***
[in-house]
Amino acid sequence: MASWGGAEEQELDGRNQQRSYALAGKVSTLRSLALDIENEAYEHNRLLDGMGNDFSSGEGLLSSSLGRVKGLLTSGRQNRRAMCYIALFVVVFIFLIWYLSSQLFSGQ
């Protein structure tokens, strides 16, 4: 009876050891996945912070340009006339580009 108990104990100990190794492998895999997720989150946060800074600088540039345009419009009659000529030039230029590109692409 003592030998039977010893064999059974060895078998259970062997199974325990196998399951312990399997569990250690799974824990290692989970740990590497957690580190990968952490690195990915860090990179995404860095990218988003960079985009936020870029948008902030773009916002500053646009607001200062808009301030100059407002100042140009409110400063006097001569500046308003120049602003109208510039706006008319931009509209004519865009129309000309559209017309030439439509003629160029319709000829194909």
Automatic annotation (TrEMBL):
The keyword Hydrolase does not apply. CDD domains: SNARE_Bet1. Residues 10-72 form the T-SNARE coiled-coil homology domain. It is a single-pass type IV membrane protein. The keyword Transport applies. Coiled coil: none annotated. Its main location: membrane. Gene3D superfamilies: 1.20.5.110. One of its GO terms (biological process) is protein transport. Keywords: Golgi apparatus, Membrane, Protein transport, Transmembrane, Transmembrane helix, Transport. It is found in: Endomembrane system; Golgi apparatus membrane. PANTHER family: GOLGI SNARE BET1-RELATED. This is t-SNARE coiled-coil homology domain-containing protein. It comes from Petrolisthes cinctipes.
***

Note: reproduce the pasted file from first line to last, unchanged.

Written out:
[in-house]
Amino acid sequence: MASWGGAEEQELDGRNQQRSYALAGKVSTLRSLALDIENEAYEHNRLLDGMGNDFSSGEGLLSSSLGRVKGLLTSGRQNRRAMCYIALFVVVFIFLIWYLSSQLFSGQ
């Protein structure tokens, strides 16, 4: 009876050891996945912070340009006339580009 108990104990100990190794492998895999997720989150946060800074600088540039345009419009009659000529030039230029590109692409 003592030998039977010893064999059974060895078998259970062997199974325990196998399951312990399997569990250690799974824990290692989970740990590497957690580190990968952490690195990915860090990179995404860095990218988003960079985009936020870029948008902030773009916002500053646009607001200062808009301030100059407002100042140009409110400063006097001569500046308003120049602003109208510039706006008319931009509209004519865009129309000309559209017309030439439509003629160029319709000829194909």
Automatic annotation (TrEMBL):
The keyword Hydrolase does not apply. CDD domains: SNARE_Bet1. Residues 10-72 form the T-SNARE coiled-coil homology domain. It is a single-pass type IV membrane protein. The keyword Transport applies. Coiled coil: none annotated. Its main location: membrane. Gene3D superfamilies: 1.20.5.110. One of its GO terms (biological process) is protein transport. Keywords: Golgi apparatus, Membrane, Protein transport, Transmembrane, Transmembrane helix, Transport. It is found in: Endomembrane system; Golgi apparatus membrane. PANTHER family: GOLGI SNARE BET1-RELATED. This is t-SNARE coiled-coil homology domain-containing protein. It comes from Petrolisthes cinctipes.